Sweden, Latvia join nations halting AstraZeneca vaccine

Sweden, Latvia join nations halting AstraZeneca vaccine
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Sweden and Latvia on Tuesday joined the growing list of European countries that have suspended administering the AstraZeneca COVID-19 vaccine due to concerns over blood clotting.

Multiple European countries had already stopped use of the AstraZeneca vaccine including France, Germany, Ireland, Italy and Denmark. The vaccine has not been authorized for use in the U.S.

According to The Associated Press, the Swedish Public Health Agency said it would pause its rollout of the AstraZeneca vaccine while waiting for the results of a European Medicines Agency meeting.


Anders Tegnell, Sweden’s chief epidemiologist, said in a statement that "the decision is a precautionary measure.”

The Latvian government made similar remarks regarding its decision to halt AstraZeneca shots, calling it "an additional precaution," according to Reuters.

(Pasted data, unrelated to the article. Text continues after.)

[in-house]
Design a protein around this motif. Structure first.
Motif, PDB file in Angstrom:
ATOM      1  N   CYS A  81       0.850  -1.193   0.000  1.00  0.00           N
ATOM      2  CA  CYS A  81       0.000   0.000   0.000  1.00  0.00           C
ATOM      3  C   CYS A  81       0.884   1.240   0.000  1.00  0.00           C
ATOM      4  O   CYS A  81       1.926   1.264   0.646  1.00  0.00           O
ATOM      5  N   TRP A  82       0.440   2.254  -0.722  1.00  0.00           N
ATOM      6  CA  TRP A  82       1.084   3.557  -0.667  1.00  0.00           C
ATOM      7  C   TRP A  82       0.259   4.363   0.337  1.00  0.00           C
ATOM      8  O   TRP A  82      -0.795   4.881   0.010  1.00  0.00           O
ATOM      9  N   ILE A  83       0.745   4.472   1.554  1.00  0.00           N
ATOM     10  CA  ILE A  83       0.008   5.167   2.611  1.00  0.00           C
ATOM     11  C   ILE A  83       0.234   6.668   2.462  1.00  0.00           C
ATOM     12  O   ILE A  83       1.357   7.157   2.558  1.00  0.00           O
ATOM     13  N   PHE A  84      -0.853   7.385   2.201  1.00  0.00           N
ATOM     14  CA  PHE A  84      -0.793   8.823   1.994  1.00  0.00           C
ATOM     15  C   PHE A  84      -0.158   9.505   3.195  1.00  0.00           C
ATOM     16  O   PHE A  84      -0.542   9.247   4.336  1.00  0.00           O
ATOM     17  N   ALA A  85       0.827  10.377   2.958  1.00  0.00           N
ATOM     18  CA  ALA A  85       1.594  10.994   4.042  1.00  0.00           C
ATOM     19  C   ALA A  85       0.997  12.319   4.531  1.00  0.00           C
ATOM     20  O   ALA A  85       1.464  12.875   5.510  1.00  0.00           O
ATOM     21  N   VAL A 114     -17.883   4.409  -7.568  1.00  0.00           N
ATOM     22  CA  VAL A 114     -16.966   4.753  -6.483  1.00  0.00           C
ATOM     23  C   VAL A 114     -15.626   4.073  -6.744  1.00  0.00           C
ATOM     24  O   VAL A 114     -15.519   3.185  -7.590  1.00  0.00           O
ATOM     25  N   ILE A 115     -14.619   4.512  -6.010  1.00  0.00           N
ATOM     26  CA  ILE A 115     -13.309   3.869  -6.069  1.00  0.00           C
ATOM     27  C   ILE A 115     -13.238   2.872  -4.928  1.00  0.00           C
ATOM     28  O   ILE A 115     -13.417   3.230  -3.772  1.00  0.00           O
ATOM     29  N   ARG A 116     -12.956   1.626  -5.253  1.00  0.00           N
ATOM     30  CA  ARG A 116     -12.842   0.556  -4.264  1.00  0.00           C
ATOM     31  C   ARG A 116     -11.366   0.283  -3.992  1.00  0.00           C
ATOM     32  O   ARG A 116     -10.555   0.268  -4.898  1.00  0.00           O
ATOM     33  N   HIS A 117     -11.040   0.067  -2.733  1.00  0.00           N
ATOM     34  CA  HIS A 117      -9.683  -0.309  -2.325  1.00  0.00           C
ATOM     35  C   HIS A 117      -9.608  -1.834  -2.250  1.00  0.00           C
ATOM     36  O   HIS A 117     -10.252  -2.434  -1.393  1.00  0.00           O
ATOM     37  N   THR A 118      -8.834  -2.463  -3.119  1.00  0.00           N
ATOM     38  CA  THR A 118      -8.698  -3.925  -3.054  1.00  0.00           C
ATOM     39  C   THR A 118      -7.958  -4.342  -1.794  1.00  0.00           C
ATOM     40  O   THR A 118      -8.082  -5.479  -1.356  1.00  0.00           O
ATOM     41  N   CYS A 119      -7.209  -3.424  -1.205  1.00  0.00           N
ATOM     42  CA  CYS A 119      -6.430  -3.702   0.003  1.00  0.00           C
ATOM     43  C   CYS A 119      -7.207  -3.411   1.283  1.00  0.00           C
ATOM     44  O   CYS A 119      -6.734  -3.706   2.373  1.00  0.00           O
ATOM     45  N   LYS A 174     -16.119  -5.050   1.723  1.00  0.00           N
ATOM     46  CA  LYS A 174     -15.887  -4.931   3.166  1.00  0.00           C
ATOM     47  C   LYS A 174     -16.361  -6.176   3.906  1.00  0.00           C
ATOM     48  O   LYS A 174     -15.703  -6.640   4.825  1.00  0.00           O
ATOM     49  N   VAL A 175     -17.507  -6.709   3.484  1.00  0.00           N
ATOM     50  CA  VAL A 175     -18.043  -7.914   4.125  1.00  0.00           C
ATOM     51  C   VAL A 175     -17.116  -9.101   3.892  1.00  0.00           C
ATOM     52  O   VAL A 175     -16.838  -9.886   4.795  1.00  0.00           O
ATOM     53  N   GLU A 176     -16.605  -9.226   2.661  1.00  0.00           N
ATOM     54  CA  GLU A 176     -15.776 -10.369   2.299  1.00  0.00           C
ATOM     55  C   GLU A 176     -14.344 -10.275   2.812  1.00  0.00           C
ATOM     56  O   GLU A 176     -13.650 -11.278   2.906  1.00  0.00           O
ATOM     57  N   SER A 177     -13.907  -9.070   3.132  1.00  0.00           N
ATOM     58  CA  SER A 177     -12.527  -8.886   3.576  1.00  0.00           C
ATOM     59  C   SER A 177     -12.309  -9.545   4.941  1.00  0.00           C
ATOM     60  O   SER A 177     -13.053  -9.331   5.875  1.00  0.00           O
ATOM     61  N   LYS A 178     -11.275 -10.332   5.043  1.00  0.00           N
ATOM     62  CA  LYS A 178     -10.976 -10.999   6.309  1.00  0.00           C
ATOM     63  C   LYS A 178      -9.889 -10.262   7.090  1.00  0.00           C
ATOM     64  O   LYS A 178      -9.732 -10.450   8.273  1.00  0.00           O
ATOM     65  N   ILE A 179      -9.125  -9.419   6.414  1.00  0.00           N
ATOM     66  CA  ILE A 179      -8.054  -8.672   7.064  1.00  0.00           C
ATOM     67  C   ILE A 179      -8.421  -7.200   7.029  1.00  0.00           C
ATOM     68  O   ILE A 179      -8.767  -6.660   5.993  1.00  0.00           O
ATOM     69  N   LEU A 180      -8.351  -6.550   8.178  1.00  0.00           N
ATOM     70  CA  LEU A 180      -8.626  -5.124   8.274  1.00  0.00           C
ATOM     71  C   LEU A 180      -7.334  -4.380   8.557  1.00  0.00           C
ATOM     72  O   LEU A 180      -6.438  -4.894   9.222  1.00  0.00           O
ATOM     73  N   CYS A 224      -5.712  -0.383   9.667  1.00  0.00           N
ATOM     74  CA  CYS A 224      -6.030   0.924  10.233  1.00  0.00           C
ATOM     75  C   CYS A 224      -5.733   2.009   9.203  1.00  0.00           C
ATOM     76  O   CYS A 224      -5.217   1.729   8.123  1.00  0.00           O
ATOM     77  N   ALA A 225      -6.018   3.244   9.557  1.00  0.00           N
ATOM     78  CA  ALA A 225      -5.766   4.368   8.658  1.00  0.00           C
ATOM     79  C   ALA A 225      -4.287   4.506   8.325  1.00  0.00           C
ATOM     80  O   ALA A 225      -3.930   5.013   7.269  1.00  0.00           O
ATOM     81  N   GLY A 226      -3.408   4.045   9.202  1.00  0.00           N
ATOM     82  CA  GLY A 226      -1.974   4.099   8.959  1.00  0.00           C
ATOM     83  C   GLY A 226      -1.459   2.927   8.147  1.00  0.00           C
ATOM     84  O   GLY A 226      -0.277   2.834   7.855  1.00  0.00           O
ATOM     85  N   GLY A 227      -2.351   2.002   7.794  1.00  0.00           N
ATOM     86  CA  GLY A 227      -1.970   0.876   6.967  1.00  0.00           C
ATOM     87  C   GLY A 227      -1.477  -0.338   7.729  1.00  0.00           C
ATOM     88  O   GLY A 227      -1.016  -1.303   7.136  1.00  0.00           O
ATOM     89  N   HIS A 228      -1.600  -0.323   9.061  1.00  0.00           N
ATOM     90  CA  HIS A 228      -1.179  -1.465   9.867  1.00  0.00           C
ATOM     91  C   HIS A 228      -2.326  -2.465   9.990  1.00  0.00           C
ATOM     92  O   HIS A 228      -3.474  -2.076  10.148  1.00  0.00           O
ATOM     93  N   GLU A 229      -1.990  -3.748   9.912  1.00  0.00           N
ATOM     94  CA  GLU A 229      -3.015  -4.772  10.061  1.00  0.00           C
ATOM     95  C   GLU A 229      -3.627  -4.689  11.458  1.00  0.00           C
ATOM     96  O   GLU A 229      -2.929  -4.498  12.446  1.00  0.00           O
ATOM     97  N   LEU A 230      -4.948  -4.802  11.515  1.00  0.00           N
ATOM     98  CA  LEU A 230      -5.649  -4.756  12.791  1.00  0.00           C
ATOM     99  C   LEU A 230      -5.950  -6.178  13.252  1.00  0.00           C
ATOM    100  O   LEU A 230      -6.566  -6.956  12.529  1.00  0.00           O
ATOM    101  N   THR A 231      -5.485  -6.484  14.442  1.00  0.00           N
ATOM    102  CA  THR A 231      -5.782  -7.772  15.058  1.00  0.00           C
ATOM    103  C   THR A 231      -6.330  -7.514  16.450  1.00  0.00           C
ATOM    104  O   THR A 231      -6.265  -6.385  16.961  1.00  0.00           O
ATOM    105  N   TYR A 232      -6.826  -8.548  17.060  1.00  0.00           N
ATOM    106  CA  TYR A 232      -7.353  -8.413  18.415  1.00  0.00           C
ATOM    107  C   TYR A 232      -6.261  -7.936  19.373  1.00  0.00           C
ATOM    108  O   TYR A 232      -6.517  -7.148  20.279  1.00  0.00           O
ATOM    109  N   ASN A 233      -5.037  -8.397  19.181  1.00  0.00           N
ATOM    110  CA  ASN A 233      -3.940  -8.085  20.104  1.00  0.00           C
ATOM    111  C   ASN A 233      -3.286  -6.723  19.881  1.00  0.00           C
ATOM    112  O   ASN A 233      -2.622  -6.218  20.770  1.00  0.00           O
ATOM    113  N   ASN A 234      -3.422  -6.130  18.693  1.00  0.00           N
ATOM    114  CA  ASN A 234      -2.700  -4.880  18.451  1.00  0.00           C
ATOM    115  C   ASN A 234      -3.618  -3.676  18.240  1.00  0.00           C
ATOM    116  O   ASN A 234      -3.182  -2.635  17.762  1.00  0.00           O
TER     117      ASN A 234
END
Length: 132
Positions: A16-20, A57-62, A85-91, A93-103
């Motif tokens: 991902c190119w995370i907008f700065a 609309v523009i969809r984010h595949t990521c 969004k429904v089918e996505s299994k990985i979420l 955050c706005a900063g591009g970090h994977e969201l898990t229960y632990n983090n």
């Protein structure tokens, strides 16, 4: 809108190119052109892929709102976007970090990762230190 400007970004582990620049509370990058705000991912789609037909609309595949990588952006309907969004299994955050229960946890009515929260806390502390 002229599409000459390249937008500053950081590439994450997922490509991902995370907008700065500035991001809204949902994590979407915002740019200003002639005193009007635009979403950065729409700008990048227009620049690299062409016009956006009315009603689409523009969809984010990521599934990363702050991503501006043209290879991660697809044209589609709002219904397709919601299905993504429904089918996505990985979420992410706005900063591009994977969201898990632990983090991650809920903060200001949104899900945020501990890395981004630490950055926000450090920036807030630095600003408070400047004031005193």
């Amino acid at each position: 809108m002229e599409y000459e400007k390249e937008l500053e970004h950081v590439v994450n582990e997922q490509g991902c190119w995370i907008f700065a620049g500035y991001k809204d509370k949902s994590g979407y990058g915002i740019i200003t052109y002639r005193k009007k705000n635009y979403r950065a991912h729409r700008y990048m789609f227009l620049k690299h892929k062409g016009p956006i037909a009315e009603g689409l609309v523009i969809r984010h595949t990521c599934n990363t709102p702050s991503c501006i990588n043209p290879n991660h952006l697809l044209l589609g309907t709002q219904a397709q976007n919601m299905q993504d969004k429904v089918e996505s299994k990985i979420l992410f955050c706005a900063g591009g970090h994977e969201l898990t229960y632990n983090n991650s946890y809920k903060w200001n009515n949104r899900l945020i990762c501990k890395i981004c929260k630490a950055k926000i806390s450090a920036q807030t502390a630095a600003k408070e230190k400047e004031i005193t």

“The decision is based on reports from individual European Union countries of thromboembolism and similar cases observed at various times after receiving the vaccine,” the Latvian health agency said in a statement. “To date, there is no data on the causal link between vaccination and serious health problems.”

AstraZeneca released a statement on Monday maintaining that its vaccine was safe for use.

"So far across the EU and UK, there have been 15 events of DVT [deep vein thrombosis] and 22 events of pulmonary embolism reported among those given the vaccine, based on the number of cases the Company has received as of 8 March," the company said. "This is much lower than would be expected to occur naturally in a general population of this size and is similar across other licensed COVID-19 vaccines."

The European Union has approved four vaccines for use in its member countries, from Pfizer-BioNTech, Moderna, AstraZeneca and Johnson & Johnson.